“We still know each other, we still practice handoffs, and we still practice as a team,” Roznitsky said. “Just running the first time, with the adrenaline, the big atmosphere, going out for the first time on the big stage was really good for us, and that’s why we did so well.”

Valley’s SMR is made up of three seniors, with Supple being the odd man out as a junior. As the only non-senior in the relay, Supple had to earn his spot shortly before the foursome ran the relay for the first time.

“My spot was a little bit in jeopardy because we had three guys who could have been there,” Supple said.

Supple earned his spot by outrunning two of his teammates in the 200 earlier in the season, thus making him the fourth and final member of the SMR for Valley.

After it was decided which four runners would be taking part in the Sprint Medley Relay, the group knew what it was capable of, and even surpassed its own expectations.

“Doing the math in my head, I definitely saw us having potential,” Martinez said. “Personally, I thought my [portion of the relay] wasn’t going to be as fast as it was.”

Matt Austin
Eddie Mercurio runs the 400-meter.

By qualifying for nationals, the individuals participating in the SMR ensured their season would last much longer than the rest of the team. Those who qualified for nationals have continued practicing for weeks, while the rest of the team had time off in between the winter and spring seasons.

Without the rest of the team at practice everyday, those who qualified were able to focus more on their own workouts and improve in their individual events.

“When it was with a big group, we would do team practices,” Roznitsky said. “We do specific workouts that are tailored to each person.”

“With [coach Anthony Judilla] we’re doing different drills, because he can individually time us all, and tell us what we need to do to every rep,” Supple said.

Unfortunately, the more time spent on the track, the more opportunities there are for one of the four to get injured. Mercurio suffered a strained calf while training for nationals, and he has dealt with the mental and physical struggles of it since, while still bearing in mind the challenge that lies ahead.

“In terms of an injury, it’s a two to three week thing. It’s not going to kill me forever,” Mercurio said. “But I really did not run very well after getting back, and [the injury] was a mental hurdle to get over.”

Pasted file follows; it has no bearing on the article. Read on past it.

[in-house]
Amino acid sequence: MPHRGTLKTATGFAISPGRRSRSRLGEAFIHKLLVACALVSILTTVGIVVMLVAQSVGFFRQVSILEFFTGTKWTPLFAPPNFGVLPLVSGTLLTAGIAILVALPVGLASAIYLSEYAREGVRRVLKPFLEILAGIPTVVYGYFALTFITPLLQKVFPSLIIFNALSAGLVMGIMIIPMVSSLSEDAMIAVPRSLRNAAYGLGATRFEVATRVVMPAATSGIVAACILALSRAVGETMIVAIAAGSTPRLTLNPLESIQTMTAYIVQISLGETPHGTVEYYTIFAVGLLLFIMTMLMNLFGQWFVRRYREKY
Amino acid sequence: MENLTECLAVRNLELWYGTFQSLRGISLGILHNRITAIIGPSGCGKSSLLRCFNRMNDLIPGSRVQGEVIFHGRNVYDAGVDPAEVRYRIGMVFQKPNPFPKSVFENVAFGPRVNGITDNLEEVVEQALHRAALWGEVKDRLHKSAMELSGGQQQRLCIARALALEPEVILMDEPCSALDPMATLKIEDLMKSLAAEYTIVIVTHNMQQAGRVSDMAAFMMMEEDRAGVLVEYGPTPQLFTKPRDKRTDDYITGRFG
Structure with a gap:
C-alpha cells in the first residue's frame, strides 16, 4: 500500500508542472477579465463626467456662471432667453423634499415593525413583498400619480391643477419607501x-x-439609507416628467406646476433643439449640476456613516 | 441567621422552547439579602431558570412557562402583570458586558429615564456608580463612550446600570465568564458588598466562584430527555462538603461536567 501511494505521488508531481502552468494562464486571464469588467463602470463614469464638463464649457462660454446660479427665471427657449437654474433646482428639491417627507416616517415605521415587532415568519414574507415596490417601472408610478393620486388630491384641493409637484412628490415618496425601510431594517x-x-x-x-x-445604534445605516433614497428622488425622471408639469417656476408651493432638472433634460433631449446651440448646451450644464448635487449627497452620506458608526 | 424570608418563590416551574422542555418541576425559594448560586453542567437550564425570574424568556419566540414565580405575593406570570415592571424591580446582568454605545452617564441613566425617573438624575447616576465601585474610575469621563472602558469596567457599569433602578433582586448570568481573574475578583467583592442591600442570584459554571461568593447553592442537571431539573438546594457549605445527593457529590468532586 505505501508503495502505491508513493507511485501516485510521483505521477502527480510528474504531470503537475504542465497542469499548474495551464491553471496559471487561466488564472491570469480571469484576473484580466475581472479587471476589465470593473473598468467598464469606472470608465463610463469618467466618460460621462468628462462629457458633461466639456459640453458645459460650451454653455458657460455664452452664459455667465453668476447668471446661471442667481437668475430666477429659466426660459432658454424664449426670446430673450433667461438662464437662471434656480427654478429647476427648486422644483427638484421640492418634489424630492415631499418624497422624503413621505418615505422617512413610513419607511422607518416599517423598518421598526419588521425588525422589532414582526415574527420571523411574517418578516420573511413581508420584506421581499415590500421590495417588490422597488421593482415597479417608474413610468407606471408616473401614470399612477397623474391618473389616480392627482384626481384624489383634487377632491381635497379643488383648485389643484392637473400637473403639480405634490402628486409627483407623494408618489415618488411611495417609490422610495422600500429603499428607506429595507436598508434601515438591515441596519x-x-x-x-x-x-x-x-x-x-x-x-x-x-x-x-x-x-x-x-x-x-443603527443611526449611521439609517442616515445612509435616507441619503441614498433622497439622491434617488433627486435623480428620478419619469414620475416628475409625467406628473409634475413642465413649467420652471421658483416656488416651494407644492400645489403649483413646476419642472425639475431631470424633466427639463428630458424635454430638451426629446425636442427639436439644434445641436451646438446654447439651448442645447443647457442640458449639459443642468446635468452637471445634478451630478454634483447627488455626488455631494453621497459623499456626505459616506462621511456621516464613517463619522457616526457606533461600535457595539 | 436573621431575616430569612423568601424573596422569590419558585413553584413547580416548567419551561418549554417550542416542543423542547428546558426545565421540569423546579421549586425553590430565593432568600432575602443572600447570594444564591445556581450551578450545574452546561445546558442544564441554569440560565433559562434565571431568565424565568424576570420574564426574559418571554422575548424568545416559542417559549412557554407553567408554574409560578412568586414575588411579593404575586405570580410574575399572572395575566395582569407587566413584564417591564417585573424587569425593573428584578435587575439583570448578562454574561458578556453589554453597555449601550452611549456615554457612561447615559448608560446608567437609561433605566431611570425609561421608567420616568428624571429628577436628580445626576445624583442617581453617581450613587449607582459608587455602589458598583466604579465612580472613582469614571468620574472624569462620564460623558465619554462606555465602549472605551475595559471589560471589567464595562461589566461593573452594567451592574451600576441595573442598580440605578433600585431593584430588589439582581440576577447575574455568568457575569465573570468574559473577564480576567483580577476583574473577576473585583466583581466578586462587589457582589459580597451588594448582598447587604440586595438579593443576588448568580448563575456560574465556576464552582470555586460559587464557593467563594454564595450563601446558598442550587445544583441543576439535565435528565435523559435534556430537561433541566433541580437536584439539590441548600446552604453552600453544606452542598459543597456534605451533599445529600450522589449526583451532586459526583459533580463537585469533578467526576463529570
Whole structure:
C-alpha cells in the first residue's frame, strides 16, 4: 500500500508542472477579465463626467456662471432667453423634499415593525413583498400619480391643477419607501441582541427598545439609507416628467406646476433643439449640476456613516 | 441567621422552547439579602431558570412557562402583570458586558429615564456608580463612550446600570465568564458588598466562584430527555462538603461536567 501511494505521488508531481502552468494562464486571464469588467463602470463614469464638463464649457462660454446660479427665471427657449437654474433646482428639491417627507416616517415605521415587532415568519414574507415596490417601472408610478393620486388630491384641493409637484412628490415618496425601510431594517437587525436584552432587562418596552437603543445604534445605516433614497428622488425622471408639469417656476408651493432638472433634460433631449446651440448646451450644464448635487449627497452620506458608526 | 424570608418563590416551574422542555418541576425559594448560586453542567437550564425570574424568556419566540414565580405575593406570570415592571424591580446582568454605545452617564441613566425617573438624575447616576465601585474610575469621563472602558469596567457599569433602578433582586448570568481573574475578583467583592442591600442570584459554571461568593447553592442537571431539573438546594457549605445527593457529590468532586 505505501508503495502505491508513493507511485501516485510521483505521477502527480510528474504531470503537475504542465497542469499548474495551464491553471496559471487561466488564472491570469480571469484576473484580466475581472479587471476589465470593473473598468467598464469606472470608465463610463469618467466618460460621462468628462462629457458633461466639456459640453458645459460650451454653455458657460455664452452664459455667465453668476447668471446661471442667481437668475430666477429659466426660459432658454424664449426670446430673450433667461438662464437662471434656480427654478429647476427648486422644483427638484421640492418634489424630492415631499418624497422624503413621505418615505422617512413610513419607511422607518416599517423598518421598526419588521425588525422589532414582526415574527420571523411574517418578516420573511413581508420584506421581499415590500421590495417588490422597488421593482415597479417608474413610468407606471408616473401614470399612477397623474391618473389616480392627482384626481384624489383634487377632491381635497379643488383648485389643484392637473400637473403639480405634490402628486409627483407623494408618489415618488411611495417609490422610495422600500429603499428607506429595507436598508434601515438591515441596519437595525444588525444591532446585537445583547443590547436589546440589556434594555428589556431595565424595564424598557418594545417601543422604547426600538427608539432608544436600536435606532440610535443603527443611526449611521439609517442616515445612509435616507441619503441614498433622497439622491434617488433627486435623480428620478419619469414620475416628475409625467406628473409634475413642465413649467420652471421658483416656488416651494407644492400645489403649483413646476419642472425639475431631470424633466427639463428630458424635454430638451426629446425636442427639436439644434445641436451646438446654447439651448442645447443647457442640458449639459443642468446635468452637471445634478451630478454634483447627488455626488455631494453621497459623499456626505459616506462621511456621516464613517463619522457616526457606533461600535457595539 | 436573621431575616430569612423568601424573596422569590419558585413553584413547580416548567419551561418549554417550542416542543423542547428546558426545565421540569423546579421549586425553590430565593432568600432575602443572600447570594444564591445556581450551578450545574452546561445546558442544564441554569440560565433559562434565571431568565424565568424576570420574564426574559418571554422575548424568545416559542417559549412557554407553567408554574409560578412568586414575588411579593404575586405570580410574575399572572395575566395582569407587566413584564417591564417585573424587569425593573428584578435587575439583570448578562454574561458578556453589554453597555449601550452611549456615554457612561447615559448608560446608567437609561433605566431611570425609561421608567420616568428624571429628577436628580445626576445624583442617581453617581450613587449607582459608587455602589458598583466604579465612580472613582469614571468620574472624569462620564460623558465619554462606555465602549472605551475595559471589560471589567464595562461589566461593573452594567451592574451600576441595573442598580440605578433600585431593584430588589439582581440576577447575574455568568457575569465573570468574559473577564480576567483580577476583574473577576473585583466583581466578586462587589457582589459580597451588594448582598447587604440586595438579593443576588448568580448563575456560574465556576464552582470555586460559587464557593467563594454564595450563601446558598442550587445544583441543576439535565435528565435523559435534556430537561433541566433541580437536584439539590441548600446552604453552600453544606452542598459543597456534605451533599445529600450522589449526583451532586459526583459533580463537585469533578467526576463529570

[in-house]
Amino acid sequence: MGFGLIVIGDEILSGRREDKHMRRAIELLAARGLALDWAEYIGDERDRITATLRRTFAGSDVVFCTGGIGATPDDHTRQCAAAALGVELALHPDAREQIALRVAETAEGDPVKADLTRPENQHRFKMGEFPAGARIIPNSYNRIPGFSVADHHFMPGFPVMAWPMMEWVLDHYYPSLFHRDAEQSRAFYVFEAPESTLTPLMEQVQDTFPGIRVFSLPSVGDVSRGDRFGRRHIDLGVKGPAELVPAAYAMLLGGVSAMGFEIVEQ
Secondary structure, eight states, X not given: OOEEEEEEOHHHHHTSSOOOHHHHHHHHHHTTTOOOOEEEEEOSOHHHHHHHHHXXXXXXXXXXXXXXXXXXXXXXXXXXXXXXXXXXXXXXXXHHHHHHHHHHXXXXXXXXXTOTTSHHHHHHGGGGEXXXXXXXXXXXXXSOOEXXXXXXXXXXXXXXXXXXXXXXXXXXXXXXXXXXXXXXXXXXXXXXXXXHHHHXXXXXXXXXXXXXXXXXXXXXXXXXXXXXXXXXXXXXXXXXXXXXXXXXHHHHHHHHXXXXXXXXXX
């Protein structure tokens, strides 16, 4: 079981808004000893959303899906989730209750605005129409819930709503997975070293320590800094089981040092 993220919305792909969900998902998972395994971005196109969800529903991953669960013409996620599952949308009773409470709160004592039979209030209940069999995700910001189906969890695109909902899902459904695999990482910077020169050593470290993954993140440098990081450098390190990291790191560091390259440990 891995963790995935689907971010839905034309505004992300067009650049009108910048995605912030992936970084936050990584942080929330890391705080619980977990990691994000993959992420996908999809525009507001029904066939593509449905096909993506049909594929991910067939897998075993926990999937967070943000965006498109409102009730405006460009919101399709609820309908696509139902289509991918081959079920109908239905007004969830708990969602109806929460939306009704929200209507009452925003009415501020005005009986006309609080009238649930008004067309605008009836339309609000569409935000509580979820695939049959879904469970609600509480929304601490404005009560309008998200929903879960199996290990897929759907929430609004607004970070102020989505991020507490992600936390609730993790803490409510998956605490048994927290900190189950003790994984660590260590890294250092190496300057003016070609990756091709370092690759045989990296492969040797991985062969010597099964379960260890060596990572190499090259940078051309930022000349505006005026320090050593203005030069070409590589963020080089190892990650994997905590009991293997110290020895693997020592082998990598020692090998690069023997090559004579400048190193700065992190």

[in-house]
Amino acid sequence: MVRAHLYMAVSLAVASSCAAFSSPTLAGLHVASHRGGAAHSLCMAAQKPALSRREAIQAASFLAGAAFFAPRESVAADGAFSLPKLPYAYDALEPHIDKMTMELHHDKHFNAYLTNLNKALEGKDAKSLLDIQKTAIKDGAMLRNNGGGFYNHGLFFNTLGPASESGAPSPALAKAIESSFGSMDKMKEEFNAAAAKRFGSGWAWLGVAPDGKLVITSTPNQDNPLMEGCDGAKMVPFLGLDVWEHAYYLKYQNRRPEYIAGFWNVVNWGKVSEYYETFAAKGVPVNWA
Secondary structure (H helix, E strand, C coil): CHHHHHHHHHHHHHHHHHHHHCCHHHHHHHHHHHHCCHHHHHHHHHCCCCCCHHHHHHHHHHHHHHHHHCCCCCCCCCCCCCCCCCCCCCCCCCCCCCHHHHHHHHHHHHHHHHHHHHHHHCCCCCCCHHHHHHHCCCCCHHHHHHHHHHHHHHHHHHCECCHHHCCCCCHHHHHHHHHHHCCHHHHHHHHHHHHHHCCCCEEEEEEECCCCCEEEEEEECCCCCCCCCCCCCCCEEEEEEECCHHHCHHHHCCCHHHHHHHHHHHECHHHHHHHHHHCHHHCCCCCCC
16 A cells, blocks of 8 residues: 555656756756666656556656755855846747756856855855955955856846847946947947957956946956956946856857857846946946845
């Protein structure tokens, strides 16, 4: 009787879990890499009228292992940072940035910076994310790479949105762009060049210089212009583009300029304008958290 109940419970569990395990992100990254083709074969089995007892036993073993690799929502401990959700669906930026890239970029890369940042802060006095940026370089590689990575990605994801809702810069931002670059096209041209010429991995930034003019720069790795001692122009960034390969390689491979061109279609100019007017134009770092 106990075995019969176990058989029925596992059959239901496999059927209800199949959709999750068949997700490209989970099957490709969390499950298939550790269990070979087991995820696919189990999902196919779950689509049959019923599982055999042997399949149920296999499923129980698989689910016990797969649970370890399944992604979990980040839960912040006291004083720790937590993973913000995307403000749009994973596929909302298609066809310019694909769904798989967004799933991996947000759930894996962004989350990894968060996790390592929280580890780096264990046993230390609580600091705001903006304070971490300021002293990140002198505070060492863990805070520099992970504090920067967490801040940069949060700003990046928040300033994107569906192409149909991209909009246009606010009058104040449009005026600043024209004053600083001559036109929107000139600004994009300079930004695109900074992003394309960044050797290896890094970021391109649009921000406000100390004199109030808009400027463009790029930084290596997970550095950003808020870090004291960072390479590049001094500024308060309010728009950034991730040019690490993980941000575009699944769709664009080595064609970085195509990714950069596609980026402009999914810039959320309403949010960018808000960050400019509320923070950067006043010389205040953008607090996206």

The Sprint Medley Relay may not be a relay that is run extremely often, but another relay is part of almost every meet in both indoor and outdoor track: the 4×400 relay.

The 4×400 is much simpler than the SMR, as all four athletes each run the 400, one at a time, passing the baton off to their teammates after completing their portion.

The runners used their experience from the 4×400 to prepare themselves for the race itself, as well as the atmosphere. At most meets, it is the final race, with the participants getting to run when the lights shine brightest.

“You get to go out there with your teammates,” Mercurio said. “There’s just something different about it.”

“It’s the race,” Roznitsky said.

Qualifying for nationals is certainly an accomplishment, but just like anything else, it did not come without hard work.

The more glorious parts of track – the PRs (personal records), the medals, the big meets – are seen by everyone; the more grueling parts are untold.

“There are a lot of times when I could just easily slow down,” Supple said. “You have to remember to keep pushing through and it will all pay off.”

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PRs are hard to come by, but when they do, it confirms that hard work is in fact paying off.

“[PRs are] very rare to come by,” Martinez said. “But it is one of the best feelings.”

Despite being the same sport, there is a noticeable difference between indoor and outdoor track for all four of the participants in Valley’s SMR. Running in both seasons of track, the group knows the advantages and disadvantages of both.

Of course, in outdoor track, the length of the track is 400 meters, as opposed to 200-meters indoors. With less turns on the outdoor track, runners’ best times generally come during the spring season. However, that is just the beginning of the differences between the two.

“I like winter meets better. They’re indoors, so you’re warm. It’s not like the wind is blowing anywhere,” Supple said. “There are a lot more teams running there, because [the meets] are all invitationals.”

“A lot more people come out for spring track. There is higher competition, especially at the higher level,” Roznitsky said. “People who are doing other sports like basketball or wrestling in the winter, now come out for spring track.”

“There are a lot more outdoor tracks as opposed to indoor tracks, so there are more opportunities to compete,” Mercurio said.

Although nationals is the end of the indoor track season, the foursome look to continue to improve, as they will all be participating in outdoor track this spring.

“It’s gonna be nice to see what we can do,” Mercurio said. “[We’ll] see if we can go back to nationals for the outdoor season.”

“Given that times will be faster and we are still improving, [nationals] is definitely still a goal for us,” Roznitsky said.